A country’s security does not have to depend on the “largesse” of other people or be outsourced: ARMY CHIEF

World News

Army Chief Gen. Manoj Pande stated on Saturday that the nation’s security cannot be outsourced or depending on the “largesse” of others, and that acquiring the necessary military weapons on its own will be crucial to meeting future threats.

During a defence conference, he stated that the Army’s strategic planning to be “future ready” depends on weaning itself off of import dependence for capabilities development requirements.

“We are aware that, in order to meet our capability development goals, we must totally wean ourselves off of import dependence as the nation’s security guardians. In order for our strategic planning to be future-ready, this component is still crucial,” he stated.

“The global conflicts that persist and the Covid-19 pandemic have demonstrated the impact

“The new strategic arena for geopolitical competitions is emerging to be technology.” The effects of relying on outside sources for essential components, interruptions in supply chains, and the weaponization of denial regimes were highlighted by the pandemic and the lessons learned from the current conflicts around the globe, he continued.

“These developments have clearly underscored that the security of the nation can neither be outsourced nor be dependent on the largesse of others,” General Pande stated.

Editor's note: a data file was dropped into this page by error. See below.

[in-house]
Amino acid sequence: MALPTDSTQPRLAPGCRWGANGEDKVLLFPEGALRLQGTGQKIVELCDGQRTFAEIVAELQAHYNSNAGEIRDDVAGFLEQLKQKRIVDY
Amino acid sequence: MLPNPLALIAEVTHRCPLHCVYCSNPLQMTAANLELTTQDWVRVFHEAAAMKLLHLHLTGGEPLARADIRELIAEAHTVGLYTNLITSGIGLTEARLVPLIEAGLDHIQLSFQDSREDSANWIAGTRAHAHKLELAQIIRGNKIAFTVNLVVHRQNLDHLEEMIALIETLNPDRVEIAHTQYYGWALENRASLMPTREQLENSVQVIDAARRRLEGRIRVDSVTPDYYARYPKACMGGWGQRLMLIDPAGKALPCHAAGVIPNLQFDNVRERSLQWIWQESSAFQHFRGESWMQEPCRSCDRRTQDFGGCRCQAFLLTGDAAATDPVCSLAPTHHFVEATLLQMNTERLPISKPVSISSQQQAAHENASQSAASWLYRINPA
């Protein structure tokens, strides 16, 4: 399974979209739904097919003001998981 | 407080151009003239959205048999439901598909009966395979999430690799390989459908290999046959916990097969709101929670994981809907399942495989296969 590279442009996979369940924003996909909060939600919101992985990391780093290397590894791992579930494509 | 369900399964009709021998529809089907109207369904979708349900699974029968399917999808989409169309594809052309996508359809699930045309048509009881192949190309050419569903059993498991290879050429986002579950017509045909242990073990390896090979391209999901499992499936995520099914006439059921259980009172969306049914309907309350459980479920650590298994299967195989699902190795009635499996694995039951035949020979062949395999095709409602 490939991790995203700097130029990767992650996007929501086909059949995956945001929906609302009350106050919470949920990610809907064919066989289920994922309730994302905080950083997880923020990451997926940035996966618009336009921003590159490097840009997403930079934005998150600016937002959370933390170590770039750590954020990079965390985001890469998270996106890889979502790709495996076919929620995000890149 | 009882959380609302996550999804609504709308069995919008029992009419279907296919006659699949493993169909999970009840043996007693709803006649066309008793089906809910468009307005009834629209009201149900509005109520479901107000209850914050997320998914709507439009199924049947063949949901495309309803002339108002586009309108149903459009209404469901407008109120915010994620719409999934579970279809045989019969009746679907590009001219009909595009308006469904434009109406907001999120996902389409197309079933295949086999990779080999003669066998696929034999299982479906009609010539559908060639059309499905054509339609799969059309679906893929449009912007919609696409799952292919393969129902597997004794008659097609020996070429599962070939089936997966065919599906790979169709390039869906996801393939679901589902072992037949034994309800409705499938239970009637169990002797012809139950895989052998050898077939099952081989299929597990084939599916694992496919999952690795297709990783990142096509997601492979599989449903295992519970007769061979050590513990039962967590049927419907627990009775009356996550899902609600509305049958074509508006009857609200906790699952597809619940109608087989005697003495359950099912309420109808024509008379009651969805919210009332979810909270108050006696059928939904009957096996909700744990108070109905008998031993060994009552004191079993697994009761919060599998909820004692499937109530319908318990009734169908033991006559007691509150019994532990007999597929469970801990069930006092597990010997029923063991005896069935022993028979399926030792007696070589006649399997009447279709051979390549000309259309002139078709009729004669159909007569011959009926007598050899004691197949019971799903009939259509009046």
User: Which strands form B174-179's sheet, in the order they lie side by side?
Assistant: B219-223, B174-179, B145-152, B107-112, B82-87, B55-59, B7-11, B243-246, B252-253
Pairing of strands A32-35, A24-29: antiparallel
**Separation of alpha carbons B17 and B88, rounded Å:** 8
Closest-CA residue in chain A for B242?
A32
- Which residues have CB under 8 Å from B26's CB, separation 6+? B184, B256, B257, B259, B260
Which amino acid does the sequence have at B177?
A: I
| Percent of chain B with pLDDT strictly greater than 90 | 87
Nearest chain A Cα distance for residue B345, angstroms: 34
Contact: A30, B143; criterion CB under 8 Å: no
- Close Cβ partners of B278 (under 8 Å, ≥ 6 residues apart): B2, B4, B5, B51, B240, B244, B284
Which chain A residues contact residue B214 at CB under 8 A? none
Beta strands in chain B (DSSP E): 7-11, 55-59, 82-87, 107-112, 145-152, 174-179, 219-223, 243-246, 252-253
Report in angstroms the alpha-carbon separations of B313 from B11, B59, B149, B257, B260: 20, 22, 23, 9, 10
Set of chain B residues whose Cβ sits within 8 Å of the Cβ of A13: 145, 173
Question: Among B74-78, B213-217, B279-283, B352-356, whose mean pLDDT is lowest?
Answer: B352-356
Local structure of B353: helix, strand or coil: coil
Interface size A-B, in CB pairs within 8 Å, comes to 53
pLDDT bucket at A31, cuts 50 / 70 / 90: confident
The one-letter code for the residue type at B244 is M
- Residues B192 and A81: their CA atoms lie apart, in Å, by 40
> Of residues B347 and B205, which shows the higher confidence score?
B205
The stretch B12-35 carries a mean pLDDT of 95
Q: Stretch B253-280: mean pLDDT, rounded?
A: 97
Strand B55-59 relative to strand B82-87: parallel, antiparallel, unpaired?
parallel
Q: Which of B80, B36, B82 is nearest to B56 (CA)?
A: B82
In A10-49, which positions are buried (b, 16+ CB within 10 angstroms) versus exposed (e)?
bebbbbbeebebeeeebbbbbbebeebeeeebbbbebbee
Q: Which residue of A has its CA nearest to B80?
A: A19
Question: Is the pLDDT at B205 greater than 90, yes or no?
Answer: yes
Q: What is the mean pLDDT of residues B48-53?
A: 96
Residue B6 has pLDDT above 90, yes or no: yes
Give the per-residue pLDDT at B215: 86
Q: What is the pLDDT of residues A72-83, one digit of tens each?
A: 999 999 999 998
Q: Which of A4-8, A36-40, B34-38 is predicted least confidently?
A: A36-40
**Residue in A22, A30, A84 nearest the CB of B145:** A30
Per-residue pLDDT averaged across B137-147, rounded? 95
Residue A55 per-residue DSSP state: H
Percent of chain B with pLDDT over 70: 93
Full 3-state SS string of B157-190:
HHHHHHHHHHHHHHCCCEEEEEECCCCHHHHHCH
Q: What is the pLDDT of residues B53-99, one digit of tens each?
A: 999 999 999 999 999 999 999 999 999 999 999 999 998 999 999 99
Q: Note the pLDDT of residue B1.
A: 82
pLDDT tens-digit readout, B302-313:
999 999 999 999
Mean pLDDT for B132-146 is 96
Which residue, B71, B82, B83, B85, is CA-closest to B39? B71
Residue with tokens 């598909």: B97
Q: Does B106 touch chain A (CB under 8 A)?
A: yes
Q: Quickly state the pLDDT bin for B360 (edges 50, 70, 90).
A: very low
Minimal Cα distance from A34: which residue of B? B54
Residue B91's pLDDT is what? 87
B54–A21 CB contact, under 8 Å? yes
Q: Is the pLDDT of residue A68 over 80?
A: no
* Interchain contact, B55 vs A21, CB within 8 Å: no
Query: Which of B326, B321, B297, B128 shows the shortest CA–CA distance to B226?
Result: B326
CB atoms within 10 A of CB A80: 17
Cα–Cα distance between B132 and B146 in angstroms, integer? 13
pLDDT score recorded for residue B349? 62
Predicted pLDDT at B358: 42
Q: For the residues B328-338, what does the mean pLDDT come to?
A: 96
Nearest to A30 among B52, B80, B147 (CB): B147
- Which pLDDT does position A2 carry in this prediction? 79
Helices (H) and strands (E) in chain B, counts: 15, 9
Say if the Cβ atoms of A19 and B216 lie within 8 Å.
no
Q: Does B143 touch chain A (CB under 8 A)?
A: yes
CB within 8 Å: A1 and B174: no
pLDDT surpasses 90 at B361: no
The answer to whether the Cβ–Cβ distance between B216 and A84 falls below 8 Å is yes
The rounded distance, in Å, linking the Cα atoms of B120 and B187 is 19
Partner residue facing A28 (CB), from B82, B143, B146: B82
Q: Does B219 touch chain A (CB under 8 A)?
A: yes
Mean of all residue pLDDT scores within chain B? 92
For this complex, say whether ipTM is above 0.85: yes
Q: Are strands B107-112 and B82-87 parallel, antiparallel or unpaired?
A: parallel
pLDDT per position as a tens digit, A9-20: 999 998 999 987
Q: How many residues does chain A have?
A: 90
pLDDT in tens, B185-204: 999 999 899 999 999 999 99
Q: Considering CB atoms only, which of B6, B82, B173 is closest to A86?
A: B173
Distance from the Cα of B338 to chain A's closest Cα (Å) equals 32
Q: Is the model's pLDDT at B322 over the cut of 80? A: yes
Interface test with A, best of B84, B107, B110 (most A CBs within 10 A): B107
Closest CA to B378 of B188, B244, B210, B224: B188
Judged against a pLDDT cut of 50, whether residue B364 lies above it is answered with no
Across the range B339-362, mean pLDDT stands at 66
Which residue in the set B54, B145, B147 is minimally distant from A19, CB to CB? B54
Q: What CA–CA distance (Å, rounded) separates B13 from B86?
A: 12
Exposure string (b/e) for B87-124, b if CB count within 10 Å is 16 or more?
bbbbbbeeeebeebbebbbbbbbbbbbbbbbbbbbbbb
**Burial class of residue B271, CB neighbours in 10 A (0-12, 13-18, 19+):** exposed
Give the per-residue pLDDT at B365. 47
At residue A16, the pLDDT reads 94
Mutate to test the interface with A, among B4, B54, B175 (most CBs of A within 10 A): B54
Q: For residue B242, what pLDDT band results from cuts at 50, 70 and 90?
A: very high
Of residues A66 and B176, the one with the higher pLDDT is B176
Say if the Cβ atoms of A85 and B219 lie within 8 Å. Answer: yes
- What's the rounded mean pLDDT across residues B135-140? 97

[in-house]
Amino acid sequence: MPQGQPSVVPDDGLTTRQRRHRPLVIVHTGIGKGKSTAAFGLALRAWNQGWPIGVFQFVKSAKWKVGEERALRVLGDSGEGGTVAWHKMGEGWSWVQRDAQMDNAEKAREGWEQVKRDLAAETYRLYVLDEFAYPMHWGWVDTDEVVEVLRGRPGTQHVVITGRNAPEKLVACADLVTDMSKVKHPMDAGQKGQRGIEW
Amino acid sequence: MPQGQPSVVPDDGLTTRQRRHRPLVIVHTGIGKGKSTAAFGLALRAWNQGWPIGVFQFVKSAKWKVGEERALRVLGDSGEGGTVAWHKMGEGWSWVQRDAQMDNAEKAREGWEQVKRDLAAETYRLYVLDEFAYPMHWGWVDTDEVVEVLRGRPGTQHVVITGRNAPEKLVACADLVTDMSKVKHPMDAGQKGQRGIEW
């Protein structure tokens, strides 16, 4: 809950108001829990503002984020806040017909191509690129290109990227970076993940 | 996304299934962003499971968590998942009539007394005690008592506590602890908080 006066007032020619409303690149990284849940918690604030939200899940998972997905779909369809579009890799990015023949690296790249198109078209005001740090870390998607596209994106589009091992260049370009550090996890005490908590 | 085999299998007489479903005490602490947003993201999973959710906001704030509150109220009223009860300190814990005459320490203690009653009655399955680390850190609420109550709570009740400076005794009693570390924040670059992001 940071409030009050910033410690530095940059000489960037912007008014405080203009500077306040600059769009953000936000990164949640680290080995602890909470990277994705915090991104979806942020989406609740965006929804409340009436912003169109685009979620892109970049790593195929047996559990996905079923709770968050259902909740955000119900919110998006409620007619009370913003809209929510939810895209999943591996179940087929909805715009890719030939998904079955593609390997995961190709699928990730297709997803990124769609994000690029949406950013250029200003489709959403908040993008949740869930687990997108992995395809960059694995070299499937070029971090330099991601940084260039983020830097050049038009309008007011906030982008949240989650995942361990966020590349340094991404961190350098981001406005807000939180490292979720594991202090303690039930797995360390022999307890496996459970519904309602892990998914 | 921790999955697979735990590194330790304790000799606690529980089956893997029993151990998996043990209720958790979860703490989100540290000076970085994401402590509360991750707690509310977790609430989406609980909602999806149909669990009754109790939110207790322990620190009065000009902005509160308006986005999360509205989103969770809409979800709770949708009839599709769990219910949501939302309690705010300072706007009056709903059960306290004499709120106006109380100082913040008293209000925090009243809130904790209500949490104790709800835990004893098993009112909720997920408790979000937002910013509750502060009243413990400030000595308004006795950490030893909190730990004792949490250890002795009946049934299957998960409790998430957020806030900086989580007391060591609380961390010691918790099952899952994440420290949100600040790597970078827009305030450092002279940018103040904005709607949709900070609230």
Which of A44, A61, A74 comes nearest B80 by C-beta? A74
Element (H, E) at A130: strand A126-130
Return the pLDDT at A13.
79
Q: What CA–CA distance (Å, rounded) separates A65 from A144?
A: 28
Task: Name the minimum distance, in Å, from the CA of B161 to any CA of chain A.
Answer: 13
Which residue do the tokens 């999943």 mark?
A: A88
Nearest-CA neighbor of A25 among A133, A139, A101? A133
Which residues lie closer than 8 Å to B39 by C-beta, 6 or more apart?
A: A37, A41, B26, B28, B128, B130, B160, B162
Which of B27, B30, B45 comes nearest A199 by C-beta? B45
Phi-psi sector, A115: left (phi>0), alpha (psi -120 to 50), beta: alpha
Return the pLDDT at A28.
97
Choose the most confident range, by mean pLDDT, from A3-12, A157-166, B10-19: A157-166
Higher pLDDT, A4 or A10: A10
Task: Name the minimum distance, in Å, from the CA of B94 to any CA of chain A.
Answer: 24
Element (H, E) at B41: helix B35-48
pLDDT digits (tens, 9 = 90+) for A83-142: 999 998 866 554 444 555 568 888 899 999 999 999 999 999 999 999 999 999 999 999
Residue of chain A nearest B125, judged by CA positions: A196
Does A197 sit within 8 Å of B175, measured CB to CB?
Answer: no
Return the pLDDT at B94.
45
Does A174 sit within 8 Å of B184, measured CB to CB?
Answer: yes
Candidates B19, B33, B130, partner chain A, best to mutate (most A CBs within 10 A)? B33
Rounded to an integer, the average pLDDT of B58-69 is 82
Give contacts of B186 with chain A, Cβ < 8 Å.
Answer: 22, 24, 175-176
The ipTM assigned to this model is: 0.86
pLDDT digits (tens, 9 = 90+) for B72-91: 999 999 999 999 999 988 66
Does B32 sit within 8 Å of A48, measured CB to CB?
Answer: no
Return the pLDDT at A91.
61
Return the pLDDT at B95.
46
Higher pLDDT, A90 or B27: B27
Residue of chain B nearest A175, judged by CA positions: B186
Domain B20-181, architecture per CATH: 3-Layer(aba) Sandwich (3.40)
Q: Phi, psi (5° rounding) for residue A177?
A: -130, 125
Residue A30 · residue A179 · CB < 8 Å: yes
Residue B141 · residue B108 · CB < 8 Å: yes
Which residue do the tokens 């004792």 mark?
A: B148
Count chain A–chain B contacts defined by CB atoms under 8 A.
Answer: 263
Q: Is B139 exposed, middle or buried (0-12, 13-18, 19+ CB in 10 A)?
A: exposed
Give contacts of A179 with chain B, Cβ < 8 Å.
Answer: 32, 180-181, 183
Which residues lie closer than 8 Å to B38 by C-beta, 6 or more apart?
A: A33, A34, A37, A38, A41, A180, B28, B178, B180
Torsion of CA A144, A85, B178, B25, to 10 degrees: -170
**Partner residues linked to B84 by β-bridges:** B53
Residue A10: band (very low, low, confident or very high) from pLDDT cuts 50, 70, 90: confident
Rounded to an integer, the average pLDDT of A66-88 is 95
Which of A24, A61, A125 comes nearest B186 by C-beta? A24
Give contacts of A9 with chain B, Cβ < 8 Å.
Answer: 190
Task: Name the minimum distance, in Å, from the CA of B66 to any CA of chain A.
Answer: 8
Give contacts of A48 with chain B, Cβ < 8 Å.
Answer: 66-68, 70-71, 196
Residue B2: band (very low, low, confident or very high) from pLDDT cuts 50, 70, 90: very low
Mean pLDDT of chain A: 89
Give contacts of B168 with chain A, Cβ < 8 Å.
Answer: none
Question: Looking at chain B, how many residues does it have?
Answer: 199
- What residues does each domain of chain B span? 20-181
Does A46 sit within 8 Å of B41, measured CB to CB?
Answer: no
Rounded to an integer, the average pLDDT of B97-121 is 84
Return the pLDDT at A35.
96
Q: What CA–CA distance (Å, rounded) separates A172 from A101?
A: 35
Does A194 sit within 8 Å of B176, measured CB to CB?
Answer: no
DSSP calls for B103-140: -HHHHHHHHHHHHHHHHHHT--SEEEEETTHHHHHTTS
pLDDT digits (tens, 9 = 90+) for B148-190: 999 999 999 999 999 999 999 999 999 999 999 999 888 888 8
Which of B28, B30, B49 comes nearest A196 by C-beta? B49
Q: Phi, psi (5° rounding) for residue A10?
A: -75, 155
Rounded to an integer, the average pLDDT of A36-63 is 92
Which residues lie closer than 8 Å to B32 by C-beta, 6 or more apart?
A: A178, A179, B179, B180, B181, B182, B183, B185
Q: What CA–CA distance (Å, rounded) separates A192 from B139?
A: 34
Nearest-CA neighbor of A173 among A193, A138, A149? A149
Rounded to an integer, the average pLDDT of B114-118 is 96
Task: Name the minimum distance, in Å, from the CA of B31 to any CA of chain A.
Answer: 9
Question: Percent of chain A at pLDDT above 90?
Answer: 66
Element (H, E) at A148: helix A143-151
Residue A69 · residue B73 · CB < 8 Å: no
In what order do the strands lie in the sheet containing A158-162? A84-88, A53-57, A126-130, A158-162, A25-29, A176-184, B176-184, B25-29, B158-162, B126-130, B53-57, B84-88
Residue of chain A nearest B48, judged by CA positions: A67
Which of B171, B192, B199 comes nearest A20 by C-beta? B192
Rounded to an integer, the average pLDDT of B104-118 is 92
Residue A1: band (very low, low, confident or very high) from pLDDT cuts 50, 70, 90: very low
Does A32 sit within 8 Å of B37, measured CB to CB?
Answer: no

“The need to be self reliant in meeting our defence needs, both in acquiring new weapons systems, platforms and equipment and sustenance of existing ones by meeting ammunition, spares and maintenance demands and achieving self sufficiency in critical technologies is hence an imperative,” he stated.

According to the Army Chief, the armed forces are “aligned to the changes that are happening around us” and will continue to be “future ready.”

According to General Pande, disruptive “technologies are blunting conventional combat force ratios” and today’s “inescapable realities” of multi-domain operations encompassing cyber, space, electromagnetic spectrum, and information.

According to him, non-state actors are gaining access to contemporary military technologies and using them to gain an unfair advantage in conflicts. Conventional weapons of war have also seen significant technological advancements.

He claimed that over time, it has been clear that the battlespace has grown increasingly deadly, contested, and complex.

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